Yes, I’m still coming at you with vacation photos, because I’ve been catching up with real life for the last few weeks. This particular photo is of the MAAT in Lisbon. It wasn’t my favourite museum, but I did love the structure!
Be sure to check these articles out:
“”Patients with PCOS felt that the PCP spent less effort and were less qualified to treat PCOS health concerns than general health,” write the study authors.”
Note: PCP refers to primary care providers.
When you go to the doctor, it’s important that you feel heard, and your experience validated. It’s also one of the reasons why I’ve tailored my practice to mostly women’s health, specifically around transitions between the menstrual cycle and post-pregnancy. I have knowledge in areas like cancer and sports medicine, but don’t see clients with those concerns as most of my continuing education is in the realm of women’s health. All that preamble is to say, that if you feel that your doctor isn’t well-versed in the condition you may have – it’s okay to get a second opinion, and find someone who is comfortable treating the condition you have.
“The risks of using these apps go far beyond their efficacy as contraceptives. In sharing data about their fertility and sexual histories, users are surrendering information about reproductive freedoms — having sex outside of marriage, choosing when to use contraceptives, having access to safe and legal abortions — that are denied to women in many countries, and under threat in others”
This is a pretty interesting read about your data and what it can potentially be used for. I’ve been tracking my period and some of my other data since 2014 because I find it easy to do so on an app. And like many others, I scroll through the TOS and always click ‘accept.’ It may be worthwhile to reconsider which apps you’re using and why, and return to doing most of your tracking on paper (which, personally, I find makes me slightly more accountable to myself anyway).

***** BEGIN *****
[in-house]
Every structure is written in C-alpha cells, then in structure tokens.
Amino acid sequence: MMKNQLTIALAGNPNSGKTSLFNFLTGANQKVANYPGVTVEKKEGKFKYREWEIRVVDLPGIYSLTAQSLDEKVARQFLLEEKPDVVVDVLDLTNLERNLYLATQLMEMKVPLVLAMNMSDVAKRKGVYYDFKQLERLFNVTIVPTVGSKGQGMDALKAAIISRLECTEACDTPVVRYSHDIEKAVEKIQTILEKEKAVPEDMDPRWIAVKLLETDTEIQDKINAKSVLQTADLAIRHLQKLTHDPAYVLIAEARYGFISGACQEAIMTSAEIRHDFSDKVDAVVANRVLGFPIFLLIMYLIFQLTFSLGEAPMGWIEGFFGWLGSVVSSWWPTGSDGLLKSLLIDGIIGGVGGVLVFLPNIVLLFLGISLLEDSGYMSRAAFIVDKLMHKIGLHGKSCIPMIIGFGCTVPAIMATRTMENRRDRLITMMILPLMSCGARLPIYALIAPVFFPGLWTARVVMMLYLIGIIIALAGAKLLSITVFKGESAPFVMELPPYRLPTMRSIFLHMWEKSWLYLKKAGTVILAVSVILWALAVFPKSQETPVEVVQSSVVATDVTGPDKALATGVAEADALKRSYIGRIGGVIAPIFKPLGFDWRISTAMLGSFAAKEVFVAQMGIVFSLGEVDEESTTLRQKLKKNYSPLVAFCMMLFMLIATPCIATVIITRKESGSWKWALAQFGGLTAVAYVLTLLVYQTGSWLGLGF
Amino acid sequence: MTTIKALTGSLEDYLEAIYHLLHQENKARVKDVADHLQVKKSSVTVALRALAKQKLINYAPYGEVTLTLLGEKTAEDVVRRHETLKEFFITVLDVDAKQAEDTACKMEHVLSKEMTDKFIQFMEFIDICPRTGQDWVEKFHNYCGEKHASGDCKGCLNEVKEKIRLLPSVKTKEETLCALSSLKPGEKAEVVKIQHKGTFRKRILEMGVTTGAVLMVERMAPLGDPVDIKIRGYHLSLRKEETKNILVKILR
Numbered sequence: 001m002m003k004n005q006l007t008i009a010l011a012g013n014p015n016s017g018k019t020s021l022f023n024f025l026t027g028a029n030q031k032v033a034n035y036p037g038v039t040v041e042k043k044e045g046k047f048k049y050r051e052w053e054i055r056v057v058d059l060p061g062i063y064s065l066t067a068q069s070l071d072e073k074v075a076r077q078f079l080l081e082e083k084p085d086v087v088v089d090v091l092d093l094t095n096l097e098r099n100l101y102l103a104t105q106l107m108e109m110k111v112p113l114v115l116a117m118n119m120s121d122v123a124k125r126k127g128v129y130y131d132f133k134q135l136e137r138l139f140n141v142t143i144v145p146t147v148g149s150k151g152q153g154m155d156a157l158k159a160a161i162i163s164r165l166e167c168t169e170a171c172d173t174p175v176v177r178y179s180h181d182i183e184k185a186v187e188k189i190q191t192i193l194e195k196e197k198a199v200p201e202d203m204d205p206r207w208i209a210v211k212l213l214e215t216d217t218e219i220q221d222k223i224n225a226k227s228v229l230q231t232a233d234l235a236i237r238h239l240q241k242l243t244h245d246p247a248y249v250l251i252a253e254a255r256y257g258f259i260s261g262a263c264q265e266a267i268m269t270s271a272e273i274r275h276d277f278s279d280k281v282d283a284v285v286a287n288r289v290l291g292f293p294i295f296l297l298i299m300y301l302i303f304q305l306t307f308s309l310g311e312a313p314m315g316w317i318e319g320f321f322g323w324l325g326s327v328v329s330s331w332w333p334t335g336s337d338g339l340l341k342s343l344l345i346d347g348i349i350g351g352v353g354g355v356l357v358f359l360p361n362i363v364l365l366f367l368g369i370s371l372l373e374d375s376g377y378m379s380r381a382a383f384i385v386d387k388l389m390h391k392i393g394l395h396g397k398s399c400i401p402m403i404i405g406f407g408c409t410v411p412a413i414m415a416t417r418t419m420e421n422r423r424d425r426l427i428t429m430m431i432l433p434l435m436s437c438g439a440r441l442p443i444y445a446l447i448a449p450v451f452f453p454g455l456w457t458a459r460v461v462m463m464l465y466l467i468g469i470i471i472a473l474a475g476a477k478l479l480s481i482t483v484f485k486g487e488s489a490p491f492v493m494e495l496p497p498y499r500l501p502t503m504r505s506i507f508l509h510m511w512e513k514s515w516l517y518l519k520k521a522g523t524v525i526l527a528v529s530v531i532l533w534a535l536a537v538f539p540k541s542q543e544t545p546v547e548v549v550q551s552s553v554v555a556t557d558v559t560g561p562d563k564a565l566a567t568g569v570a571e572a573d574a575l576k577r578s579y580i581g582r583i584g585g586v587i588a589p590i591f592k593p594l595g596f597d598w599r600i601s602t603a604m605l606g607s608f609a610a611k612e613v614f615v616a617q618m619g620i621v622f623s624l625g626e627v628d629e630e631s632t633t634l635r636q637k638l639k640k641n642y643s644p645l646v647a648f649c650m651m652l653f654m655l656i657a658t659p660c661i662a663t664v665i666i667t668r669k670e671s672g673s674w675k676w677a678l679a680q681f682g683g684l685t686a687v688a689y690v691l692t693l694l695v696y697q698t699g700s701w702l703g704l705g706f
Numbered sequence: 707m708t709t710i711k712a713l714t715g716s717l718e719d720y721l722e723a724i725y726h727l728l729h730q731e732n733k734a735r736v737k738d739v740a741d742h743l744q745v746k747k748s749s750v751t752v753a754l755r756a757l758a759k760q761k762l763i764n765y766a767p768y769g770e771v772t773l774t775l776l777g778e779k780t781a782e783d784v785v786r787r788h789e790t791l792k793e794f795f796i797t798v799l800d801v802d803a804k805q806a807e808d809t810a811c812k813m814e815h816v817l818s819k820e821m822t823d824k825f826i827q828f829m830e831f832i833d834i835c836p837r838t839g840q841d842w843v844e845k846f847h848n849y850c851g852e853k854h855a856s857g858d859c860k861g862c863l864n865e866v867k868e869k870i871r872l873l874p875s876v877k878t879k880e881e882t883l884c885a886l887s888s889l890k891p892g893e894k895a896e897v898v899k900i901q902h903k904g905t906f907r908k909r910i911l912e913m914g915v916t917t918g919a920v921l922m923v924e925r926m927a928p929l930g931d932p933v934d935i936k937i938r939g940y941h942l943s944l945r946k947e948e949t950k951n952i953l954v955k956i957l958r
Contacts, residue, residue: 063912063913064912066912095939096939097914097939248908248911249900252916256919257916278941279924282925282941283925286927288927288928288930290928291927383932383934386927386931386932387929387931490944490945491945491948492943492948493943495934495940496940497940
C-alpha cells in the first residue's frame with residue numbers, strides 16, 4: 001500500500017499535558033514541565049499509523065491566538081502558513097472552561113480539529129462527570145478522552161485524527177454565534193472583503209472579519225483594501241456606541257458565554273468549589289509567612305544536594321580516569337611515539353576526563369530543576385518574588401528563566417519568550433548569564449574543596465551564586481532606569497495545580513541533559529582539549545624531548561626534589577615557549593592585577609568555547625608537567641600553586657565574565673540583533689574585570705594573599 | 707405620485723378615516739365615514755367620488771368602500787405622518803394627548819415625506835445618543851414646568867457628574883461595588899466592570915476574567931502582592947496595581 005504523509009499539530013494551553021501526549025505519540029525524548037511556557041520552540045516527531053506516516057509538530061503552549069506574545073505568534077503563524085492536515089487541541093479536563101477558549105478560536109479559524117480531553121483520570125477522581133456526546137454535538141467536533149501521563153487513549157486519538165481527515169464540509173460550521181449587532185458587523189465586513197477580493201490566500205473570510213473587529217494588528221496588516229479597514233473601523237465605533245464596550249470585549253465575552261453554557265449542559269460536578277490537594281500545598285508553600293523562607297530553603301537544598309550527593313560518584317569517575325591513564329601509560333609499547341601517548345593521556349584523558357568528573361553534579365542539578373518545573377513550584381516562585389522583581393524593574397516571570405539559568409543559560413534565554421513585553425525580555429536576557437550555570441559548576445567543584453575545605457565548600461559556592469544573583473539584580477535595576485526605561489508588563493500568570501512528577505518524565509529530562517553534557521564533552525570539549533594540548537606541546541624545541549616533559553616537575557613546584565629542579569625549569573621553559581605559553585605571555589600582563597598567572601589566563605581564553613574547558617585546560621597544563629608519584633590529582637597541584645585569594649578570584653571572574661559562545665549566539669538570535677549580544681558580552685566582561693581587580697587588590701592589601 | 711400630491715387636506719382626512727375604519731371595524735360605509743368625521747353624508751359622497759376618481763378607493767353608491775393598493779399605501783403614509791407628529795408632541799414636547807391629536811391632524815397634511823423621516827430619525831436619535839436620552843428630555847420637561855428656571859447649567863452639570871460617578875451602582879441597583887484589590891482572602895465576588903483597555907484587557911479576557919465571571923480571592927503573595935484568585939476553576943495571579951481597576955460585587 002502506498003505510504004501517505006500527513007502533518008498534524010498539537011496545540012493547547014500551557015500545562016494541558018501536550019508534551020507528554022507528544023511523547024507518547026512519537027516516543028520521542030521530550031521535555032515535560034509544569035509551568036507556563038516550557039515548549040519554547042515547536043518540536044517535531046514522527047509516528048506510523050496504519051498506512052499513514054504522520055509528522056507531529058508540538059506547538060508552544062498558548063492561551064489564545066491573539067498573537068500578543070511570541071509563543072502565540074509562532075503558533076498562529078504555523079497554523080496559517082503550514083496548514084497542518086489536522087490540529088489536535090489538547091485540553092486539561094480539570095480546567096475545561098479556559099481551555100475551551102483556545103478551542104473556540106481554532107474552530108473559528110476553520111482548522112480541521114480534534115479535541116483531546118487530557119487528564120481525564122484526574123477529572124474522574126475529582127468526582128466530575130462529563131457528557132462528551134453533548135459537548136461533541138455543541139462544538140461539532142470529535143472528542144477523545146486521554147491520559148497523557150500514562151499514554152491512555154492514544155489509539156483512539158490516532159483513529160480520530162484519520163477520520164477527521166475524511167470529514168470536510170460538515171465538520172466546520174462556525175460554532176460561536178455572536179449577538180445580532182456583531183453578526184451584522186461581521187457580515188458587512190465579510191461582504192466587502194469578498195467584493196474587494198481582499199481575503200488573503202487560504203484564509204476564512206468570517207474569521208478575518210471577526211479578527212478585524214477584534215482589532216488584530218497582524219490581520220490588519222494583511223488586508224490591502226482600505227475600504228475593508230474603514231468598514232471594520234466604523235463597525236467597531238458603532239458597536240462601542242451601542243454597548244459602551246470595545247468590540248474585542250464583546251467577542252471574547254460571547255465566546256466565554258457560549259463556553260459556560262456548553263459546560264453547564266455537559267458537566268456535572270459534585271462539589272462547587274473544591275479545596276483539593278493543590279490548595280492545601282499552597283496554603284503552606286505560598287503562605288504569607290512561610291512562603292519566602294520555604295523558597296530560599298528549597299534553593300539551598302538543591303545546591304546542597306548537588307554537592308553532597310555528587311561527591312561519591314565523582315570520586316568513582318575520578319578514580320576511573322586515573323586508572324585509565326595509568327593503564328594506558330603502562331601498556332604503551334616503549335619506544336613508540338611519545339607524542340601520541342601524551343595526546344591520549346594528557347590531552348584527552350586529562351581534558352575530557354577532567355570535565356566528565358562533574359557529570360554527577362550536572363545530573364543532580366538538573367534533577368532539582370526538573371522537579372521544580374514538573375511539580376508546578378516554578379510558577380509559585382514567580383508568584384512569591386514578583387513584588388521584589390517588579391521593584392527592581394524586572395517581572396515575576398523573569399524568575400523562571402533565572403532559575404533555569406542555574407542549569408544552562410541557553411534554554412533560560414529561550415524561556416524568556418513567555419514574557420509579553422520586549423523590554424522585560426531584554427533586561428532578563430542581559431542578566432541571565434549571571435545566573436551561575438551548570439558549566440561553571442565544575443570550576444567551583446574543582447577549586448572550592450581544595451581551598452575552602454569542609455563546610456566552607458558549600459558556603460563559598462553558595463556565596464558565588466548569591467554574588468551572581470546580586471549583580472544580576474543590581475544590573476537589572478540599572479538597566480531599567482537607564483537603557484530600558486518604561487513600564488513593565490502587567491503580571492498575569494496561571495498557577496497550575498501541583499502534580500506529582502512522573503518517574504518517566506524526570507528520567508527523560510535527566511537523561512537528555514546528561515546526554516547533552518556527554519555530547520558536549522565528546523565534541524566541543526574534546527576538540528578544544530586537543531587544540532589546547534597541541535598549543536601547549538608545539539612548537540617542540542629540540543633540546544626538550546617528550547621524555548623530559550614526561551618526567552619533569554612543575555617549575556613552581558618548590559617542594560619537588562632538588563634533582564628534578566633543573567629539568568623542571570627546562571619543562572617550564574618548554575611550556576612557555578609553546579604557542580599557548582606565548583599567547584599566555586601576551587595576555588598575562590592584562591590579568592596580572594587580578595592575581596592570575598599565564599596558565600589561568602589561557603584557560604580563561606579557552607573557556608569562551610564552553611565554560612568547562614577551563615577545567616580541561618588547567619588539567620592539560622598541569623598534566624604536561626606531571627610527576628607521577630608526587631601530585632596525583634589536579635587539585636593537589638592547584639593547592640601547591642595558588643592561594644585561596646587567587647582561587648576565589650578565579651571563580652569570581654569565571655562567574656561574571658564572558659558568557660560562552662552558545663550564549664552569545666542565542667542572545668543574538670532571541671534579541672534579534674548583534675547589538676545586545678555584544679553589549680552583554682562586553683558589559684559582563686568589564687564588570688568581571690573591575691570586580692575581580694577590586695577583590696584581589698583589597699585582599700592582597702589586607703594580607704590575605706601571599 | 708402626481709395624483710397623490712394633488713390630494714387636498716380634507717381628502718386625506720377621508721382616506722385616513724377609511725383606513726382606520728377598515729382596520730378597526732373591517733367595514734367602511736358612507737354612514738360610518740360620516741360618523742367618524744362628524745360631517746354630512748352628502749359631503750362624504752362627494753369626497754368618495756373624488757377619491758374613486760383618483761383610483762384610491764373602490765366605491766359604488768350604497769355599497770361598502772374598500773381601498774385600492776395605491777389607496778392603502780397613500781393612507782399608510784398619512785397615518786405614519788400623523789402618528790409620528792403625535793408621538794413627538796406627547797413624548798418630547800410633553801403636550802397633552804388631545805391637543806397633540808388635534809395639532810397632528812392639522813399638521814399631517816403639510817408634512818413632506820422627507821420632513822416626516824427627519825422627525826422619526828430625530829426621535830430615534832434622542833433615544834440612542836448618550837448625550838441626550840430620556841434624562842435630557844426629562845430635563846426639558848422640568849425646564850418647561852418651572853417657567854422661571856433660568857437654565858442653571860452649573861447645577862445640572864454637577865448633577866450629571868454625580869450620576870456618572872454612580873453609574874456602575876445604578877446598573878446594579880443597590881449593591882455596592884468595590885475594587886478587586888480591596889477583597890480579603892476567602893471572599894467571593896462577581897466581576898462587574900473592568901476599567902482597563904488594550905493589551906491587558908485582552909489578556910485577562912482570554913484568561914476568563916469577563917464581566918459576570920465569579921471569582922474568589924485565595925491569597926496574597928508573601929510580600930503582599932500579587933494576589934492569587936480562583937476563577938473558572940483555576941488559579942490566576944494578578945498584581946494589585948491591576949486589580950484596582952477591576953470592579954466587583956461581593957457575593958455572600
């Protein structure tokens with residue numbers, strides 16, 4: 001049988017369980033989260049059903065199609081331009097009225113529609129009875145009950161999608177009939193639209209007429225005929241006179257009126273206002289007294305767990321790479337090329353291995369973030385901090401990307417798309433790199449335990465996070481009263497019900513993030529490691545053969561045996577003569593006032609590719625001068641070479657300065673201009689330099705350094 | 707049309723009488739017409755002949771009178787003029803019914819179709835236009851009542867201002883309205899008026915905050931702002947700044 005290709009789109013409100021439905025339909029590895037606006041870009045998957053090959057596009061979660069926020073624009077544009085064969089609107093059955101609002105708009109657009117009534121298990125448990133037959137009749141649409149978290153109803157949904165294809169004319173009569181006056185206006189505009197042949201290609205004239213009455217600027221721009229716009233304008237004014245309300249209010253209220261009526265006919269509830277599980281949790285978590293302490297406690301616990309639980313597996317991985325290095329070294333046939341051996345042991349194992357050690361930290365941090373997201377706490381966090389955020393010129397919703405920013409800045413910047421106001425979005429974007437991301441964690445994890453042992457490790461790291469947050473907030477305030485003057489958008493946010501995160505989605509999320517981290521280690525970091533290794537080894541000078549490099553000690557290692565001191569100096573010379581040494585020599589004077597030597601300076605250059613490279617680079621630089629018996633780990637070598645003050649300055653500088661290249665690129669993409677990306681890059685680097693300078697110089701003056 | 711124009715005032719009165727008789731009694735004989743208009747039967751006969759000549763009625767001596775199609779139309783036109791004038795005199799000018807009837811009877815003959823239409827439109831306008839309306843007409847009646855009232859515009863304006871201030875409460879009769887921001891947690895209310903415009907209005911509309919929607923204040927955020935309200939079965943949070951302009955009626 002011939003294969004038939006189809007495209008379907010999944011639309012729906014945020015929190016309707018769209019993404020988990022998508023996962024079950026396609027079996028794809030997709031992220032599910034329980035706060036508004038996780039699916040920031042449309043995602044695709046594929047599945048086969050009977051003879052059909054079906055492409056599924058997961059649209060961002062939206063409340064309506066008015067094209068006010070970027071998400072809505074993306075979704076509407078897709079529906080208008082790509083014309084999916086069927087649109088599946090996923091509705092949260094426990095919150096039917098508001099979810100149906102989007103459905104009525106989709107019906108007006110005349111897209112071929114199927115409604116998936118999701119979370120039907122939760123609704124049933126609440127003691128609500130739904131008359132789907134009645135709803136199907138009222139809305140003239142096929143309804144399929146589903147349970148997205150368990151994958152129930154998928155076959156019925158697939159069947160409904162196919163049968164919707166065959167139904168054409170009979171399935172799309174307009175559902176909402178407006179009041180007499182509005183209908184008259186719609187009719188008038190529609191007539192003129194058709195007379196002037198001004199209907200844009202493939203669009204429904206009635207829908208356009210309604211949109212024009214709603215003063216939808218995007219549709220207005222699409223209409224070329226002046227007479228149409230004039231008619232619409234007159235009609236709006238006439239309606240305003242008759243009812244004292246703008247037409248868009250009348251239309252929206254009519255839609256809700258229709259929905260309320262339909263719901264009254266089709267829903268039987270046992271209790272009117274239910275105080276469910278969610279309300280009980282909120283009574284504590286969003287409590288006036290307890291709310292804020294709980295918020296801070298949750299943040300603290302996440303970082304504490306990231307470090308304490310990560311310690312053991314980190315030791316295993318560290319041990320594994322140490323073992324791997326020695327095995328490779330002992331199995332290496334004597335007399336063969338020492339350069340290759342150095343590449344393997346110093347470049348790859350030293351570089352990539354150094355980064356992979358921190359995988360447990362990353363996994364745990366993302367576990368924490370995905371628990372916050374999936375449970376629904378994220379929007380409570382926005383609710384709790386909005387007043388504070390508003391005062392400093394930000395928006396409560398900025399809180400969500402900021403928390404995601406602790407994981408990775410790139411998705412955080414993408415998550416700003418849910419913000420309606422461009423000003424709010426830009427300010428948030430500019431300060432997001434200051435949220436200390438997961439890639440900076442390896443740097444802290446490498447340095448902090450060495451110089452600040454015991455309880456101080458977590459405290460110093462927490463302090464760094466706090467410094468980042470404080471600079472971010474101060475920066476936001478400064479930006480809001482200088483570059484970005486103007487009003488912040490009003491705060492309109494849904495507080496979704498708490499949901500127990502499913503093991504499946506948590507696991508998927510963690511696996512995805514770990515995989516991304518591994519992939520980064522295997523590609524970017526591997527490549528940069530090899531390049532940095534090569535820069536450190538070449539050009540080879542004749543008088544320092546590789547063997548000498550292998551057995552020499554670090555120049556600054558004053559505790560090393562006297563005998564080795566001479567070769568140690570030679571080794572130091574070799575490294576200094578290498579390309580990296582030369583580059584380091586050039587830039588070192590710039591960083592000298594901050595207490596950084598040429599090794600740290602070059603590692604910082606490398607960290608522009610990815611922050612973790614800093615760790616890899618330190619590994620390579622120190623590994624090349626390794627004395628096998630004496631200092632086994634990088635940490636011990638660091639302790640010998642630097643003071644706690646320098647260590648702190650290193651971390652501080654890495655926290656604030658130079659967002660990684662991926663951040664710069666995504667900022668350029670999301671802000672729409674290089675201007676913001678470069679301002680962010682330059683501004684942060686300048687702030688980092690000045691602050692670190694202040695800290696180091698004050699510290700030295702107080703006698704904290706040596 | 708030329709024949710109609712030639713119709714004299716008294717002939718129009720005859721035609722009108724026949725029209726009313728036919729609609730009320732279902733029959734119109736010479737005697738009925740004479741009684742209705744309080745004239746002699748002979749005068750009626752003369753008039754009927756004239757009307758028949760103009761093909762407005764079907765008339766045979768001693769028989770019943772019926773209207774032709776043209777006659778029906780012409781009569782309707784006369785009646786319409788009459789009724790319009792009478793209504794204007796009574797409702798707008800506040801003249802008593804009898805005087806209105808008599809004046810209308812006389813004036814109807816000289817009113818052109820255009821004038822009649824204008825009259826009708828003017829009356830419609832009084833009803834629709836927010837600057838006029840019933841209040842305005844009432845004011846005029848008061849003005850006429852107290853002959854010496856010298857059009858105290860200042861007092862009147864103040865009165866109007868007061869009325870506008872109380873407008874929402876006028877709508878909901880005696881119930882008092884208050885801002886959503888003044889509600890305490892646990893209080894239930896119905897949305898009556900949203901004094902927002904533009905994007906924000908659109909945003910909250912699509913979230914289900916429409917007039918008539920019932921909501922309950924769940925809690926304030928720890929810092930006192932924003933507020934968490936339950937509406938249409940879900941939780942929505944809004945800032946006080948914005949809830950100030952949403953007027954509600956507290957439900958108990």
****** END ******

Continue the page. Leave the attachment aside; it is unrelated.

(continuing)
One of my Naturopathic Heroes, Dr. Lara Briden ND, spills some truths about the pill and periods.
(This app is one of the apps mentioned int the fertility data article above)
“FDA issued its first-ever approval to one of these apps for use as contraception, called Natural Cycles. Because a woman’s body temperature increases slightly during ovulation, the app works by asking women to use a basal thermometer (which is more sensitive than a regular thermometer) to keep a daily log of their temperature, and then uses that information to flag fertile days and days when users could have sex without worrying about getting pregnant”
“other research suggests that using it as a sole method of contraception may be a risky choice: A 2016 study in the journalObstetrics and Gynecology found that out of 53 common fertility-tracking apps and online tools, only four could actually predict a woman’s fertile period with a high degree of accuracy, and fertility experts have argued that relying on basal body temperature is too simple a measure to track ovulation. Real-life experience, meanwhile, suggests the same thing: Earlier this year, 37 women in Sweden who used Natural Cycles reported that they’d gotten pregnant while using the app to prevent exactly that.”
So what does this mean? I believe that it’s important for us to pay attention to all fertility signs – including basal body temperature, cervical fluid, and cervical position if we choose not to use a hormonal non-hormonal form of birth control (ie. copper IUD). Relying on an app, instead of cues from our body doesn’t provide us with enough information to make a choice if we want to have a pregnancy or not.
Since there’s a lot of news from the app world this week – what about an app that will help you choose which exercise you so do while you’re on your period? I just downloaded FITR and am going to give it a go for the next couple of weeks to determine how it works with my personal physiology.